It is not uncommon these days to hear water cooler or dinner table talk turning to the subject of COVID-19 and Portable Room Air Purifiers. These are relevant and closely tied topics that seem to be on a lot of people’s minds.
Before we dive into the pros and cons of different room air purifiers for commercial applications, I’d like to start at the beginning and answer the question that is on many minds right now: Do I need a portable room air purifier, and will it really help reduce the risk and spread of COVID-19?
Unfortunately, the answer is not simple or absolute. But I’ll do my best to help you navigate it with more clarity.
Let’s start by defining what a Room Air Purifier is.
A room air purifier is a compact, standalone device that removes (captures, destroys, alters, knocks out) airborne contaminants (undesirable particles, microbes, odours) in a room (a defined space with imperfect boundaries like gaps and openings).
Room air purifiers come embedded with multiple technologies, but the gold standard component in the vast majority of air purifiers today undoubtedly is the HEPA filter. A “true” HEPA system will effectively capture COVID particles, to as much as 99.97% give or take a few 0.01’s, no matter their size in aerosols or in the air.
That being said, there are also other technologies that can be stand-alone or complementary to the HEPA filter in an air purification system. More to come on that in a separate post.
A Room Air Purifier should augment your existing system.
Room air purifiers alone are not robust enough to ventilate a large space, but there are certain conditions that make them an ideal complement to your existing ventilation and HVAC systems:
- If contaminants are unacceptably high, based on measurement, assessment or perception
- If changes to your overall ventilation and HVAC systems aren’t enough to get you to your end goal, or aren’t feasible or warranted or cost-effective otherwise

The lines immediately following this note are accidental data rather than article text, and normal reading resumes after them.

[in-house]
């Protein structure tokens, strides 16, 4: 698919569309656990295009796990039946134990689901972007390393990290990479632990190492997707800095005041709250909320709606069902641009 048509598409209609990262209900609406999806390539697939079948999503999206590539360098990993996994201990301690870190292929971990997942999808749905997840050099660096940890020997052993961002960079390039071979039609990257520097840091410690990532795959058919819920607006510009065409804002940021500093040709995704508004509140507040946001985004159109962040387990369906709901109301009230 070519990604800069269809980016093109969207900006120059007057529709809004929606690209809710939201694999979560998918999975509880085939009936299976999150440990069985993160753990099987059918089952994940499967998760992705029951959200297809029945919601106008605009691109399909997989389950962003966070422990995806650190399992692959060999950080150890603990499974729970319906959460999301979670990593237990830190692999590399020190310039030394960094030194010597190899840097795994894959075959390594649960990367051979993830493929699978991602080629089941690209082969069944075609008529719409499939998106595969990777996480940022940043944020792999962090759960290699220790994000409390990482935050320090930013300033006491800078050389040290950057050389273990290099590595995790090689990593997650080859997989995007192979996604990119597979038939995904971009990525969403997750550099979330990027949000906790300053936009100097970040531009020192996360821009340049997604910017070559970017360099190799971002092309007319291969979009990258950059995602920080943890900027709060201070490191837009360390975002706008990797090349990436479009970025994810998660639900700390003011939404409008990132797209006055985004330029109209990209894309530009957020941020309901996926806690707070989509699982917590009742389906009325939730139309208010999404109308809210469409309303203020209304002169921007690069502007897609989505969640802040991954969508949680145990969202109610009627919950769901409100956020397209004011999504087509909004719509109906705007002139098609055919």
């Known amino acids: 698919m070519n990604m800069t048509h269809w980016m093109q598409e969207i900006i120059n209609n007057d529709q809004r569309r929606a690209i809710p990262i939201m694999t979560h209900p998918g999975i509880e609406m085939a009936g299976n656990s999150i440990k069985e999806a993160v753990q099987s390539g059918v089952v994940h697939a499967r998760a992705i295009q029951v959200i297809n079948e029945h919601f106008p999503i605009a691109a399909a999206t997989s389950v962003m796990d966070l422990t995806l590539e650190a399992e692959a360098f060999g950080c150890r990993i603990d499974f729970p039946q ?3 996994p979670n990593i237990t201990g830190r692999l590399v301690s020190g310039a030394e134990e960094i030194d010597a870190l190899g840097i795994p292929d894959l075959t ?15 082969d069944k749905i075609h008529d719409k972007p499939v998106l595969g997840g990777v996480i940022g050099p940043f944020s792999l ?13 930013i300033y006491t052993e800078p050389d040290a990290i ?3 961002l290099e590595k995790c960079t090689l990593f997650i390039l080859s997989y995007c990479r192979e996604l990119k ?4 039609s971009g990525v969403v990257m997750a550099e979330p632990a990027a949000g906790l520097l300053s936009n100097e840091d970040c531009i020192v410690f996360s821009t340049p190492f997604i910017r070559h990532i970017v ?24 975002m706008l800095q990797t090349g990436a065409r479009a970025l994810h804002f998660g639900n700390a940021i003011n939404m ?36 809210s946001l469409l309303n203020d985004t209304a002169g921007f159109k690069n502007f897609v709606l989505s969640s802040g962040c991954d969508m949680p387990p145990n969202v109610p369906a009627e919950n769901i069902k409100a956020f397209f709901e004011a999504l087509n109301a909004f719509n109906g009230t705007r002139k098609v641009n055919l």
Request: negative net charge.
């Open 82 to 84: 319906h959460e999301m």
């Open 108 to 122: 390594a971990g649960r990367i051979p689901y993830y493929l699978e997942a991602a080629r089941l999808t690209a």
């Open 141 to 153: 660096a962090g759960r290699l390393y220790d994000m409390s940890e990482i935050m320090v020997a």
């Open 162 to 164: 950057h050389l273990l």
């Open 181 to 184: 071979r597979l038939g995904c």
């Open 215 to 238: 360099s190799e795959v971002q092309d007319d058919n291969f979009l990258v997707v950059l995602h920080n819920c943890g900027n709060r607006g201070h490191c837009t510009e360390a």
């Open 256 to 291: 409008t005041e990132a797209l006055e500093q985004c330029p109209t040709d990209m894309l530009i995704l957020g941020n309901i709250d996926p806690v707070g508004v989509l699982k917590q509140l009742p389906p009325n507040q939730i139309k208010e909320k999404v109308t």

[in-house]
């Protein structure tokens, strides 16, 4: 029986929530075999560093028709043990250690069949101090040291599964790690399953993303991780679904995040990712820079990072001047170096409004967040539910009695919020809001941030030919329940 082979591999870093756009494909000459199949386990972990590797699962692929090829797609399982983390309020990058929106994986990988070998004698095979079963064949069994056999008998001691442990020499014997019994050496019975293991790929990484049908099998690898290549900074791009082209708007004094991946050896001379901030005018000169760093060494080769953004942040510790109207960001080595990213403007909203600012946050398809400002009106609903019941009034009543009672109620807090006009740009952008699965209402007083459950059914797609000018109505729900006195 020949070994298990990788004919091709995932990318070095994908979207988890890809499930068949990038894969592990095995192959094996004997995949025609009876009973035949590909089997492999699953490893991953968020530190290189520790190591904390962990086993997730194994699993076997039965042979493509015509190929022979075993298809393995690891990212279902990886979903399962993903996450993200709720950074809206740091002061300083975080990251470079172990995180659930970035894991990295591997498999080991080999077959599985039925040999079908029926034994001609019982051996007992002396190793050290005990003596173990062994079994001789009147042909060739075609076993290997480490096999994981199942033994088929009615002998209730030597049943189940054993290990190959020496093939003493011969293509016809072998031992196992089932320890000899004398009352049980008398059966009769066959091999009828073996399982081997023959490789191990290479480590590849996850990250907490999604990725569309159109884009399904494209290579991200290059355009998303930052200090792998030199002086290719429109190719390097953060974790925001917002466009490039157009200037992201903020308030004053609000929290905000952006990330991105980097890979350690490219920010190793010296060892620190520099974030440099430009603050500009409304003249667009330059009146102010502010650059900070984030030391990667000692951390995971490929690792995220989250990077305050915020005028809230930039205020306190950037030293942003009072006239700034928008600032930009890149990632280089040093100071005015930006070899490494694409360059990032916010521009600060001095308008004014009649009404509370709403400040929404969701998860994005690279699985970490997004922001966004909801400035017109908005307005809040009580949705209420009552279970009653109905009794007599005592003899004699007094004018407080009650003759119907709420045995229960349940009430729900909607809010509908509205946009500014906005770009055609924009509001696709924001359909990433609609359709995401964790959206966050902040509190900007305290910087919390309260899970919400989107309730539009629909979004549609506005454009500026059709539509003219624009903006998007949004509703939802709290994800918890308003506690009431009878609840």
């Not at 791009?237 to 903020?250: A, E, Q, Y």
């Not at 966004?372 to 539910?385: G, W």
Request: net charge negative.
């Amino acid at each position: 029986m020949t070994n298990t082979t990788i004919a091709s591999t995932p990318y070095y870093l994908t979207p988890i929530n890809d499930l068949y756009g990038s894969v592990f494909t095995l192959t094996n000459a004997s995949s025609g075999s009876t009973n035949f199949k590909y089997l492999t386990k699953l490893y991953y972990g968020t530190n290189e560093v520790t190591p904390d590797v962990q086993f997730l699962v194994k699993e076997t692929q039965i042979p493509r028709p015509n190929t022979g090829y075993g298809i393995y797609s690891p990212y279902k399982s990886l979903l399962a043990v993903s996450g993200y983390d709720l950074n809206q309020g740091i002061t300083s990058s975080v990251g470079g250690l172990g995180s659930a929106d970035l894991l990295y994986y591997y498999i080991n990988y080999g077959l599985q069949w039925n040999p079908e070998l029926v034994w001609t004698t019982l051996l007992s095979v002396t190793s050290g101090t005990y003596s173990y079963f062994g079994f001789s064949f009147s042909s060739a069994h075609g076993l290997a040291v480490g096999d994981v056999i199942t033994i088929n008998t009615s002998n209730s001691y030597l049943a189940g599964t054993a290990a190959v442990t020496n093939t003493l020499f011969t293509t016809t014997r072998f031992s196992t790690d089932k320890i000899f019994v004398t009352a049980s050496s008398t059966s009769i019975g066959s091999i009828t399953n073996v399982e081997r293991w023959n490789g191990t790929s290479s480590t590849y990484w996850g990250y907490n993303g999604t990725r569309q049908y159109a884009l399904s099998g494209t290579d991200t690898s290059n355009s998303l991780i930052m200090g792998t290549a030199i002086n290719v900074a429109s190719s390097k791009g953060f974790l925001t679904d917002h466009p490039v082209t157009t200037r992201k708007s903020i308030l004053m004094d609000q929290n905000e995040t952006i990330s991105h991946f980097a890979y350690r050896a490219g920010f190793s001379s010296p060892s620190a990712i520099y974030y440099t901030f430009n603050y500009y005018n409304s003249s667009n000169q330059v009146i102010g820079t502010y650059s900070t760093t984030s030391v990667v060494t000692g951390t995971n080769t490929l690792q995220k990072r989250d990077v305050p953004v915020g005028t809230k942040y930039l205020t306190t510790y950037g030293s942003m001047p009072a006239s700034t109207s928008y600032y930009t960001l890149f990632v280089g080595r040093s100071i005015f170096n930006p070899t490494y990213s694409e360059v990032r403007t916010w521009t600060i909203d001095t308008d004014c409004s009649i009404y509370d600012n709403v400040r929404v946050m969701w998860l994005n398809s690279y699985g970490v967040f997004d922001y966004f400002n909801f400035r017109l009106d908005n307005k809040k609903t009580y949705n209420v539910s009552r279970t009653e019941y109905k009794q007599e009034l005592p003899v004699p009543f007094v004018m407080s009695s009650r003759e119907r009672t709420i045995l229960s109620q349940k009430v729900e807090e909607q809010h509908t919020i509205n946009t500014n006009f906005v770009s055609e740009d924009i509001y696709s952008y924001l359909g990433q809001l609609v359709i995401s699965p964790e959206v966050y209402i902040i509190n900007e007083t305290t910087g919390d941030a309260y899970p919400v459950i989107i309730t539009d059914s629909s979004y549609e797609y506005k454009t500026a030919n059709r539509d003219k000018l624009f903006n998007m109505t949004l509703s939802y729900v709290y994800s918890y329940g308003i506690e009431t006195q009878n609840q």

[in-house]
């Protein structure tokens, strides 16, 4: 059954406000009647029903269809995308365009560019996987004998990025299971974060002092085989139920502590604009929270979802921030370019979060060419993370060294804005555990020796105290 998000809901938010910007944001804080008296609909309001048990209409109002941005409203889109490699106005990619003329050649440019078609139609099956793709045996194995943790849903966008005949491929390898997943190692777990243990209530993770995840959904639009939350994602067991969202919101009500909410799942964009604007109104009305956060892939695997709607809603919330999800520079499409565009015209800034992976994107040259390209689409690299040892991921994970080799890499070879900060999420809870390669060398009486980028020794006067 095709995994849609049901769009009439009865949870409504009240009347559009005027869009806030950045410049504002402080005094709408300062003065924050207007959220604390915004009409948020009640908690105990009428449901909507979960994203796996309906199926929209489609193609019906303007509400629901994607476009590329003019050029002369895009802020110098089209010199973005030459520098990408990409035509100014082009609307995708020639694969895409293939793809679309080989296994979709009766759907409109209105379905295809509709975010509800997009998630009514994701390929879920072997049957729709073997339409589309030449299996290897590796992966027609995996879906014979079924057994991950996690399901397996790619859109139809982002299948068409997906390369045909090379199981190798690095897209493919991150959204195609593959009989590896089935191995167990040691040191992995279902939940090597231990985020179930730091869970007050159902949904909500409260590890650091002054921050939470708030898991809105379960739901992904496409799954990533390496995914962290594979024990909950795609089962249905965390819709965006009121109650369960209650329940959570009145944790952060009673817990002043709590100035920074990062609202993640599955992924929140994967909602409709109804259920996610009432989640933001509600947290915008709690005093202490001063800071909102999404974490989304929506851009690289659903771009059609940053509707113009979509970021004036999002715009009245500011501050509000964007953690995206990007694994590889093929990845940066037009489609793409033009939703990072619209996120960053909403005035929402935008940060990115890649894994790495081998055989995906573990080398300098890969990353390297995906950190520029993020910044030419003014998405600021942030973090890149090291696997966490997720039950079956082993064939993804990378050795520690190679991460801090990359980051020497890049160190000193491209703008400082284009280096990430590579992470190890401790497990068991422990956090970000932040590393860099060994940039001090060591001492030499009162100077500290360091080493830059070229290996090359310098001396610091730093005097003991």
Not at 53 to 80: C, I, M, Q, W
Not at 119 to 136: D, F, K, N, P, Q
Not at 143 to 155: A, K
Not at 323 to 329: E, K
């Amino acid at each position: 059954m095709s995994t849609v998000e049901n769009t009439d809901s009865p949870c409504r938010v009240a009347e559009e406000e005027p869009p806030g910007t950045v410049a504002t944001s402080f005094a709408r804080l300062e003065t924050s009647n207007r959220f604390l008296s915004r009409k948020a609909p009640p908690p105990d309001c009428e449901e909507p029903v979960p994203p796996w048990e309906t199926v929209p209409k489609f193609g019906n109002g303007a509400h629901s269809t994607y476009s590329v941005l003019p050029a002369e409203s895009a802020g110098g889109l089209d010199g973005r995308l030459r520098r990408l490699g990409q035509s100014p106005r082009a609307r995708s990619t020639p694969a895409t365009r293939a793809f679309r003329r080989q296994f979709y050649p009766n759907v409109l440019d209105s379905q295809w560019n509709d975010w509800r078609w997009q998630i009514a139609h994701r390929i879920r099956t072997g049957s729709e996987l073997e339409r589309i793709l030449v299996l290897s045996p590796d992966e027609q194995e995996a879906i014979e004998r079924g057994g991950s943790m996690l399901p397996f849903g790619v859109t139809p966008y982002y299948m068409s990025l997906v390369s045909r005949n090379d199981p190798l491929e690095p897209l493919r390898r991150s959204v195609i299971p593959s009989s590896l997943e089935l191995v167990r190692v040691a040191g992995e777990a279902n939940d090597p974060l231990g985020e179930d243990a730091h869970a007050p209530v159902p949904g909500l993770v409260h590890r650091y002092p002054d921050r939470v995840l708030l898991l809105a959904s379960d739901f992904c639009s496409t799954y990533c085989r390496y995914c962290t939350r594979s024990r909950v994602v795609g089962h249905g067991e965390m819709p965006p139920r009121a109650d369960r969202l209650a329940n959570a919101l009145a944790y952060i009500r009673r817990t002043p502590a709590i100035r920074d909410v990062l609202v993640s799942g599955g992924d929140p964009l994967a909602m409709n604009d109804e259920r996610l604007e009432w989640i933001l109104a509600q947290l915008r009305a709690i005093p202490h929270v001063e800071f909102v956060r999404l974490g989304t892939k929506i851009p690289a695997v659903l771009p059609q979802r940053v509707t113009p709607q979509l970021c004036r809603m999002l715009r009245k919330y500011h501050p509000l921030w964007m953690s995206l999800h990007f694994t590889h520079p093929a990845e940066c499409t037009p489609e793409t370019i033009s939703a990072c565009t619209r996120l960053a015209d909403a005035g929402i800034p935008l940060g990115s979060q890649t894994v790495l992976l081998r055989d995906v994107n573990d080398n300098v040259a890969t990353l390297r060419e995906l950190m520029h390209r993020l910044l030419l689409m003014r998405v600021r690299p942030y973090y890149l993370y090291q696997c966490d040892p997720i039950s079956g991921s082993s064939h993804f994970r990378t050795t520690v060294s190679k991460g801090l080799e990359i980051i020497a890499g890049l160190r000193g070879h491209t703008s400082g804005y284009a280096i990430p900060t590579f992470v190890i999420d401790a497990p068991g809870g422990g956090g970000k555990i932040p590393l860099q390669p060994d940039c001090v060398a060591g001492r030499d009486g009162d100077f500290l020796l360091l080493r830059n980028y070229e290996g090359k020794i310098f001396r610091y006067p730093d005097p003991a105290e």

- If a careful assessment of your situation tells you there’s a worthwhile measurable or calculated benefit
If you ask authorities, you will get a fairly clear answer on whether or not Room Air Purifiers can help improve your indoor air quality overall.
According to ASHRAE’s Position Document on Infectious Aerosols:
- “When appropriately selected and deployed, single-space high-efficiency filtration units (either ceiling mounted or portable) can be highly effective in reducing/lowering concentrations of infectious aerosols in a single space.”
- Add portable room air cleaners with HEPA or high-MERV filters with due consideration to the clean air delivery rate (AHAM 2015).”
The CDC also published official guidance pertaining to the use of room air purifiers:
Infection prevention and control (IPC) practices during the COVID-19 pandemic:
- “Explore options to improve indoor air quality in all shared spaces.”
- “Optimize air-handling systems: ensuring appropriate directionality, filtration, exchange rate, proper installation, and up to date maintenance.”
- Consider the addition of portable solutions (e.g. portable HEPA filtration units) to augment air quality in areas when permanent air-handling systems are not a feasible option.”
So, do I need a Room Air Purifier?
We haven’t really answered the question yet, have we? Let’s see if we can give you a more definite answer. The real answer is that we can’t definitively tell you whether or not you need a Room Air Purifier; no one can, without seeing your space and understanding your goals. But we can help you towards an answer by giving you some good questions to ask.
To help you determine whether or not you need a Room Air Purifier, we recommend that you do a proper assessment of your space. You can do this yourself, or seek out some expert to help you (shameless plug – we do that here at BGE!) to answer these questions:
- What is your indoor space used for? Who accesses it regularly and why?
- How many people – workers, customers, etc. – generally occupy the space, and for how long at a time?
- How much outside air is getting into the space? And what is the quality (and filtering/purifying) of any recirculating HVAC air into the space?
- Can I otherwise implement practical and cost-effective changes to my ventilation and HVAC systems that will go a long way towards answering my concerns and fulfilling my goals?
- What are air flow patterns in the space? How will they change with the addition of an air purifier(s) – improved or worsened? Where would/should I put the air purifier(s) in the space for best benefit?
- What is my budget and is it realistic enough to obtain a system that can be calculated or demonstrated to be a big enough improvement and best bit specifically for my space?
Adding an air purifier(s) to a space improperly may not help at all, and could even make things worse if it causes degraded air flow patterns! By answering these questions, you can determine with confidence whether or not a Room Air Purifier will add to your indoor air quality, and you can start thinking about features, budget, and placement of your units to complement your existing indoor air systems.